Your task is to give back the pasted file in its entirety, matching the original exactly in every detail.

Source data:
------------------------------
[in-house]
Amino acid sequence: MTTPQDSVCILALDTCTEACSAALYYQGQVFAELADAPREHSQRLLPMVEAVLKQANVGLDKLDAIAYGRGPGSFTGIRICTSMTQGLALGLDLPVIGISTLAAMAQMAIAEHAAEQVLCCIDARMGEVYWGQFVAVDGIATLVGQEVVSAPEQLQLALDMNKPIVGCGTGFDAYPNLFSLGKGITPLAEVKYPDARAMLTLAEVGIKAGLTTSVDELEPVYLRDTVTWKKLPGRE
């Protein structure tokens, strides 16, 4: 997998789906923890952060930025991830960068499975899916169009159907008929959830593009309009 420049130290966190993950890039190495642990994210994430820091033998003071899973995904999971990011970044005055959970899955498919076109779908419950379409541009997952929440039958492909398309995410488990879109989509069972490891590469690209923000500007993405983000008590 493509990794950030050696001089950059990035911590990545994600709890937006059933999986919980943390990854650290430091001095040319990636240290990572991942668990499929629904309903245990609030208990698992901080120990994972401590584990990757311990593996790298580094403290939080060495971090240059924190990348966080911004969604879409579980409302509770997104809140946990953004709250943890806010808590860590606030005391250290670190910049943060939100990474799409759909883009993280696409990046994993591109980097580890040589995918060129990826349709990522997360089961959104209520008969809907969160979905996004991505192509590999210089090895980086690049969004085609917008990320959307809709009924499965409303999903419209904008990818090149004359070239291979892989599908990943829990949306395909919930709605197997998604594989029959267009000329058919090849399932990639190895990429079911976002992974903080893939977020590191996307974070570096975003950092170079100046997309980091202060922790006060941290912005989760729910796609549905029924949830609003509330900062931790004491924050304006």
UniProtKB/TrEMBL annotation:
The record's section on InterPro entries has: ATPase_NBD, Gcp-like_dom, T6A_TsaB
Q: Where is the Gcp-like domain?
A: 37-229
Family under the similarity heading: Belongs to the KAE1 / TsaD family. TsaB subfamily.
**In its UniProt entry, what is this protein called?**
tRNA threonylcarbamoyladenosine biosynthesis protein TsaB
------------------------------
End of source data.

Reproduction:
[in-house]
Amino acid sequence: MTTPQDSVCILALDTCTEACSAALYYQGQVFAELADAPREHSQRLLPMVEAVLKQANVGLDKLDAIAYGRGPGSFTGIRICTSMTQGLALGLDLPVIGISTLAAMAQMAIAEHAAEQVLCCIDARMGEVYWGQFVAVDGIATLVGQEVVSAPEQLQLALDMNKPIVGCGTGFDAYPNLFSLGKGITPLAEVKYPDARAMLTLAEVGIKAGLTTSVDELEPVYLRDTVTWKKLPGRE
């Protein structure tokens, strides 16, 4: 997998789906923890952060930025991830960068499975899916169009159907008929959830593009309009 420049130290966190993950890039190495642990994210994430820091033998003071899973995904999971990011970044005055959970899955498919076109779908419950379409541009997952929440039958492909398309995410488990879109989509069972490891590469690209923000500007993405983000008590 493509990794950030050696001089950059990035911590990545994600709890937006059933999986919980943390990854650290430091001095040319990636240290990572991942668990499929629904309903245990609030208990698992901080120990994972401590584990990757311990593996790298580094403290939080060495971090240059924190990348966080911004969604879409579980409302509770997104809140946990953004709250943890806010808590860590606030005391250290670190910049943060939100990474799409759909883009993280696409990046994993591109980097580890040589995918060129990826349709990522997360089961959104209520008969809907969160979905996004991505192509590999210089090895980086690049969004085609917008990320959307809709009924499965409303999903419209904008990818090149004359070239291979892989599908990943829990949306395909919930709605197997998604594989029959267009000329058919090849399932990639190895990429079911976002992974903080893939977020590191996307974070570096975003950092170079100046997309980091202060922790006060941290912005989760729910796609549905029924949830609003509330900062931790004491924050304006």
UniProtKB/TrEMBL annotation:
The record's section on InterPro entries has: ATPase_NBD, Gcp-like_dom, T6A_TsaB
Q: Where is the Gcp-like domain?
A: 37-229
Family under the similarity heading: Belongs to the KAE1 / TsaD family. TsaB subfamily.
**In its UniProt entry, what is this protein called?**
tRNA threonylcarbamoyladenosine biosynthesis protein TsaB